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First Troops killed on Himalayan Border in 45 Years
Talks in progress to avoid further conflict between nuclear powers
By: John Elliott
Troops have been killed for the first time in at least 45 years during clashes on the undefined Line of Actual Control (LAC) that divides India and China. The confrontation took place in Ladakh, high in the Himalayas, and led to 20 confirmed deaths of Indian soldiers, and possibly more than 40 Chinese according to unconfirmed reports.
The deaths happened during hand-to-hand fighting, which is not uncommon on the 3,488-km-long LAC. Indian media reports say that the weapons included clubs made of bamboo armed with nails, barbed wire and stones. There were suggestions that some deaths occurred when troops fell from a narrow ledge into a freezing river at the 16,000 ft high location.
This was not a war situation between the two nuclear powers, nor were shots fired, but urgent diplomatic and military talks have been held between the two sides in an attempt to avoid further conflict.
The confrontation graphically illustrates the precarious state of security and international relations on India’s borders, especially at a time when Xi Jinping, China’s internationally ambitious president, is increasing his country’s territorial and other claims.
There are regular firings and deaths on India’s (defined though not permanent) Line of Control (LoC) with Pakistan, but Indian and Chinese politicians and army chiefs have been proud of the fact that no shots have been fired, nor deaths caused, on the 3,488 km LAC since the early 1970s. It looks as if this week’s clashes were not pre-planned at a senior level, though this is not clear.
For more than six weeks there has been a standoff at three locations along the LAC after China established posts in the disputed border area. Both countries moving additional troops to the area and there were skirmishes like this week’s at two locations in Ladakh and Sikkim last month. The main focus has been at the Galwan River where Monday night’s confrontation took place, and at the Pangong Tso glacial lake at 14,000 ft in the Tibetan plateau. The Galwan River was one of the early triggers of the 1962 India-China war, when India was humiliatingly defeated.
Military talks, supported by diplomatic contacts, last week led to an agreement that the two sides would disengage from their confrontational positions. India said China had withdrawn from some positions at Galwan. It was apparently during this exercise that the fighting broke out, with China later claiming Indian troops had crossed the border for “illegal activities.”
China has objected to India building roads and airstrips in the area, including the Galwan Valley. A Chinese military spokesperson on June 16 claimed “China always owns sovereignty over the Galwan Valley region.” On May 5 when Beijing accused the Indian army of trespassing into its territory in its “attempt to unilaterally change the status” of the border in Sikkim and Ladakh.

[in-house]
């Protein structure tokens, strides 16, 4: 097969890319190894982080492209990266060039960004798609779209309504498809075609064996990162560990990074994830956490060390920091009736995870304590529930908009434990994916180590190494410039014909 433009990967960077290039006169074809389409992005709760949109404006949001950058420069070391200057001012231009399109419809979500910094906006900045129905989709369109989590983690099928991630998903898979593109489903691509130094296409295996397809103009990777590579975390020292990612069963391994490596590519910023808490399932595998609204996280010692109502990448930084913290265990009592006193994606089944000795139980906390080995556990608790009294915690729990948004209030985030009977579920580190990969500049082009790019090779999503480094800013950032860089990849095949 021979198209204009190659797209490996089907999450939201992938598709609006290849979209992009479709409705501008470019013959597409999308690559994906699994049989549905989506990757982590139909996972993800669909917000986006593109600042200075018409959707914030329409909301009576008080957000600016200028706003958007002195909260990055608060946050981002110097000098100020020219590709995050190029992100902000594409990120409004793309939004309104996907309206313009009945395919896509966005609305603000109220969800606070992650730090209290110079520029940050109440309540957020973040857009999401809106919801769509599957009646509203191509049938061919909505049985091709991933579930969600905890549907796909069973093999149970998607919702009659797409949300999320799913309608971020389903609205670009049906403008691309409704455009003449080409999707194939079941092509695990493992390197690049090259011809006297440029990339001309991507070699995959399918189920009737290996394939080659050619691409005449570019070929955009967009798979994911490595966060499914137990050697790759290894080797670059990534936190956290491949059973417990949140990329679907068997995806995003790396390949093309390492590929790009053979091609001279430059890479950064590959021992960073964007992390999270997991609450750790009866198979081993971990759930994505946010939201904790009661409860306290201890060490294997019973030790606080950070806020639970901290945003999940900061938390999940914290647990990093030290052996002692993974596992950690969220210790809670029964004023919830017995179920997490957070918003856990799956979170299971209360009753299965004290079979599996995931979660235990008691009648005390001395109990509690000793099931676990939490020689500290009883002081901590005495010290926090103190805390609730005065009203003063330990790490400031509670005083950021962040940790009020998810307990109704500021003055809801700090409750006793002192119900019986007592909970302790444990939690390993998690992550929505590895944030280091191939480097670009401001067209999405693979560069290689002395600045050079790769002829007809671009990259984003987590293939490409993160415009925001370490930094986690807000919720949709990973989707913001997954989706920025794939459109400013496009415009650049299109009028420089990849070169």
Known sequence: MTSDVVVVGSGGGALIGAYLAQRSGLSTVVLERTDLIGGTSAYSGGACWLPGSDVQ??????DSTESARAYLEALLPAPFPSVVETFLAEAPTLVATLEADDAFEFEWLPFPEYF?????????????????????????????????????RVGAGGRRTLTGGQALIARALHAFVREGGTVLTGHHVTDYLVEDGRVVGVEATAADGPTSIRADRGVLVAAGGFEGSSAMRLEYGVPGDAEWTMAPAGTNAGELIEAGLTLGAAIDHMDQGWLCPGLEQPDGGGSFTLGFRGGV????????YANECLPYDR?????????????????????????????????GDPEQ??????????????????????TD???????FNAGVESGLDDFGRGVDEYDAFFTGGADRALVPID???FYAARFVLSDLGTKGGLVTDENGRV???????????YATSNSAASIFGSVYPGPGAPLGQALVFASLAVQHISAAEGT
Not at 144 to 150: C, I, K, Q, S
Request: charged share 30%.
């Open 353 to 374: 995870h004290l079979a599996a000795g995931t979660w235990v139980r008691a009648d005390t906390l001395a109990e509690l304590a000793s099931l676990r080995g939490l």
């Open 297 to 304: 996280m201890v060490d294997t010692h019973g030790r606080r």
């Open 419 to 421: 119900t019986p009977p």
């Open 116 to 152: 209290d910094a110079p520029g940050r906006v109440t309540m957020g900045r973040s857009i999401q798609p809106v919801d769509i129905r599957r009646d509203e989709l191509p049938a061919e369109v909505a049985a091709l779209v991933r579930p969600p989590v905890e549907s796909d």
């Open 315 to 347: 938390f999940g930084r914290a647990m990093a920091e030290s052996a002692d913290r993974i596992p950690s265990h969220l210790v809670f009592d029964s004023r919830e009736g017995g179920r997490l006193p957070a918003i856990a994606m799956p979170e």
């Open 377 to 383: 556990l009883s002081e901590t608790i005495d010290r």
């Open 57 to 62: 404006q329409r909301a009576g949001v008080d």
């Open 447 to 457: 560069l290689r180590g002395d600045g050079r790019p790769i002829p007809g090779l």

India countered that it was not trespassing, but carrying out routine infrastructure-development activities along its side of the disputed LAC. It blamed China for its aggression in building up bunkers on its side, hindering normal patrolling by Indian troops.
The last serious confrontation between the two countries took place three years ago in June-July 2017 with a 73-day stand-off – the longest ever – at Doklam, a Himalayan plateau in Bhutan at a border tri-junction. Chinese troop movements and road construction on the plateau threatened the security of India’s adjacent narrow Siliguri corridor that connects its north-eastern states with the rest of the country. That prompted India to move its troops onto the plateau to block China’s advance, triggering the standoff.
Narendra Modi, India’s prime minister, stood firm and eventually after more than two months there was an understanding that enabled both sides to claim an advantage, though nothing was settled and China established a permanent position on the plateau.
Modi and Xi Jinping held a historic summit in April 2018 at Wuhan, made famous this year for starting the Covid-19 pandemic. This was intended to secure a basis for avoiding conflict and was followed by a similar meeting in India last October.
The current potential crisis needs to be seen against the backcloth of increased aggression by China internationally. Nepal, which borders both countries and is increasingly coming under China’s influence, this week passed legislation that changes its maps and lays claim to land that is part of India.
On a wider front, Xi Jinping has been conducting aggressive policies ranging from a security clampdown on Hong Kong to trade differences with Australia, while also pushing its territorial claims in the South China Sea and over Taiwan.
Narendra Modi and defense minister Rajnath Singh
With India, Xi’s aim may be to teach Modi a lesson for growing too close to the US and possibly siding with other countries, including Australia, over setting up an international inquiry on the Wuhan sources of Covid-19.
Relations between the two countries are usually stable providing India does not grow too close to the US and its allies. Modi has tried to strike a balance between increased defense and other co-operation with the US, and stable economic and diplomatic relations with China. He will be even more anxious to do this now when the country is coping with rapidly growing cases of COVID-19 and serious economic problems.
He is struggling with a precarious form of diplomacy, especially at a time when President Trump expects loyalty, not balanced relations, and Xi Jinping does not want a US ally on China’s border. The deaths on the LAC show how precarious that is.